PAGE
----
Keywords: Ownership structure; Firm performance; Accounting conservatism; Agency theory; Gulf Cooperation Council (GCC) countries.
Dynamic development of carbon reduction strategy and performance measurement systems
by Winnie O'Grady, Sharlene Sheetal Biswas
The association between Corporate Social Responsibility and Dividend pay-outs
by Charl De Villiers, Diandian Ma
Impact of Corporate Social Responsibility Disclosures on Financial Performance A Jordanian Case Study
by Huthaifa Hazaima, Mary Low, Jackie Allen
The Development of Carbon Management as a Strategic Practice: An Australian Study
by Sumit Lodhia
A Judicial Approach to Accounting and Accountability for Sustainability: A New Zealand Case Study of the Impacts of Commercial Hydroelectric Operations
by Murugesh Arunachalam, Andrea McLachlan
Climate change accounting: The challenge of uncertainty in Pacific Islands
by Umesh Sharma, Vida Botes, Dani Foo, Ram Karan, Ruvendra Nandan
Great Expectations: A Regulatory Promise Unfulfilled
by Murray Bryant, Mary Claire Mahaney
Abstract: The primary goal of the U.S. Securities and Exchange Commission (SEC) is to protect investors by deterring wrongdoing that results in investor loss. The SEC tries to deter wrongdoing in two ways: by inhibiting it through threat of penalty, and by signaling illegal behavior. If the SEC does not hold individuals accountable for illegal behavior, or if it is unclear what actions are illegal, wrongdoing will continue.rnrnConsent decrees have become the SECs enforcement norm in that through negotiation both the defendant and the agency avoid costs and save time. However, the consent decree, by its use of neither-admit-nor-deny provisions, has meant that individuals responsible for wrongdoing have largely avoided personal accountability.rnrnMany firms have responded to this lack of personal accountability by introducing clawback provisions into executive contracts. Empirical evidence has shown that boards largely have not activated clawbacks. We argue that those whose job it is to be accountable for wrongdoing be held personally responsible by boards of directors who, by virtue of their own fiduciary responsibilities, must answer to shareholders.rnrnNo longer can the market and Main Street rely on regulation alone. Boards must design executive contracts that clearly state the rationale for clawbacks and a means by which the amount of clawbacks can be established that is both fair and in the best interests of the corporation.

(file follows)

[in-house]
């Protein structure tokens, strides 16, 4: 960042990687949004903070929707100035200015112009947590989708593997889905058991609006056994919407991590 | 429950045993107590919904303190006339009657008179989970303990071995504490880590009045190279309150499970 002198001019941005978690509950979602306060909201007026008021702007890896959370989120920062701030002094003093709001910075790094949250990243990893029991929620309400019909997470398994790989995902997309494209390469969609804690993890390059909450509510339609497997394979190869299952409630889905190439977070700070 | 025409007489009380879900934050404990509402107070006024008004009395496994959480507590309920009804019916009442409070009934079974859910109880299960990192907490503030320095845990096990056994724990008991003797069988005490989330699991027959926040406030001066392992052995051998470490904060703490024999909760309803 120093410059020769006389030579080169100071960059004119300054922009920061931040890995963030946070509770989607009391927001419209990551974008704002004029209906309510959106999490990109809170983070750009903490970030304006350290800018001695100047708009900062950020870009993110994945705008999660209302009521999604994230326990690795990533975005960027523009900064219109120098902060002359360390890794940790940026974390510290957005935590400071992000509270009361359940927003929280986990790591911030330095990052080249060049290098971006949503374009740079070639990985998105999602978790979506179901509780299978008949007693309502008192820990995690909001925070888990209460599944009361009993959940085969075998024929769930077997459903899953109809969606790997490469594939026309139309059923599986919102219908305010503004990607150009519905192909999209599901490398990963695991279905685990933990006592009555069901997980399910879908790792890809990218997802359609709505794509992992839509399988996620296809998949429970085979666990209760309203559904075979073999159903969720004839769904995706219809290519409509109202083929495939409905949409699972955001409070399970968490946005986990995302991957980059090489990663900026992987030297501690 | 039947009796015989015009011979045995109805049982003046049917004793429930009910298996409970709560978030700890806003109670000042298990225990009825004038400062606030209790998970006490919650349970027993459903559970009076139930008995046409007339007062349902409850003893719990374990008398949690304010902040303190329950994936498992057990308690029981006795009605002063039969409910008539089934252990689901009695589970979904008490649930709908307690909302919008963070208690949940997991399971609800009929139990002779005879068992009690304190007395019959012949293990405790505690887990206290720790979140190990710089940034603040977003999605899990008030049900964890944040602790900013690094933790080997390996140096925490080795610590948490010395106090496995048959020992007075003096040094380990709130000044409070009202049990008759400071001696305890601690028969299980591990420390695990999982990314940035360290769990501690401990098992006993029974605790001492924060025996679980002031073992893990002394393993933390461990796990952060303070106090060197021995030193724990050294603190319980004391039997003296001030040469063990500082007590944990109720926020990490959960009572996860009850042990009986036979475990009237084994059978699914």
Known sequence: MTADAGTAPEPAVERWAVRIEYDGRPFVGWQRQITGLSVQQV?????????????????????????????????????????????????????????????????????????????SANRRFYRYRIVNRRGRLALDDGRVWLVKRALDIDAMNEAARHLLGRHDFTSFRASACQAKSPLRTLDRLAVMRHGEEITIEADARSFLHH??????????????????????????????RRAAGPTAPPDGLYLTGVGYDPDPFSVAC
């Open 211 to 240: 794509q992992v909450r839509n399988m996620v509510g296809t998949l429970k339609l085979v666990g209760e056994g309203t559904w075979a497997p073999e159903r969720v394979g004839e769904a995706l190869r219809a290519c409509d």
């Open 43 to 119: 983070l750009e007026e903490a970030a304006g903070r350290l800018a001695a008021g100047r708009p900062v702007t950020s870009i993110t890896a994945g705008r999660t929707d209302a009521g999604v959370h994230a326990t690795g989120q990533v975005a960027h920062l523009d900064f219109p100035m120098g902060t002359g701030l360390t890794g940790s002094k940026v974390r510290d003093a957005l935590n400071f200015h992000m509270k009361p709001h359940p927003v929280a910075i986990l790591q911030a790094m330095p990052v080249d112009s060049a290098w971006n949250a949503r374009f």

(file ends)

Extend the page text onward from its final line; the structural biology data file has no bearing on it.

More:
Keywords: SEC; clawbacks; consent decrees—neither admit nor deny; corporate governance; directors—fiduciary responsibilities; wrongdoing; riskrn rn.
How controlling shareholders tunnel under a strong legal system: a Hong Kong case
by Yuying Xie
Abstract: It is widely believed that common-law legal systems are more protective of minority shareholders than are code-law legal systems. However, even in countries with high quality common-law legal systems and accounting standards, suspicious transactions between a firm and its controlling shareholder are reported every now and again. This study examines an alleged tunnelling transaction in Hong Kong market and aims to answer that how controlling shareholders circumvent a strong legal system to tunnel resources from firms. The results show that controlling shareholders carefully choose the timing and the content of disclosure to affect views of investors. The close relationship between controlling shareholders and inside directors also plays a key role in wining majority votes. The findings suggest that the legal systems per se, without an appropriate property rights structure, may not provide effective investor protection as expected.
Keywords: tunnelling; legal system; accounting standard; property rights; controlling shareholder; investor protection; Hong Kong; case study.
Empirical evidence on the validity of using accounting research subjects' self-reported GPA as a proxy measure of actual GPA
by Robert Marley, Steve Platau
Abstract: This study investigates the association between accounting subjects' self-reported GPA and their actual GPA. Using accounting seniors as a proxy for accounting research subjects, we administered a survey instrument to obtain self-reported GPAs and then compared subjects' self-reported values to official GPA records. Finding a strong correlation, this study provides empirical evidence suggesting that accounting subjects' self-reported GPA is a valid proxy for accounting subjects' actual GPA. We also find evidence that some accounting subjects systematically misreport their GPA predictable ways. This study should be of interest to accounting behaviourists, who frequently rely on accounting subjects' self-reported GPA in place of obtaining accounting subjects' actual GPA. The practical implications of this study's results are discussed.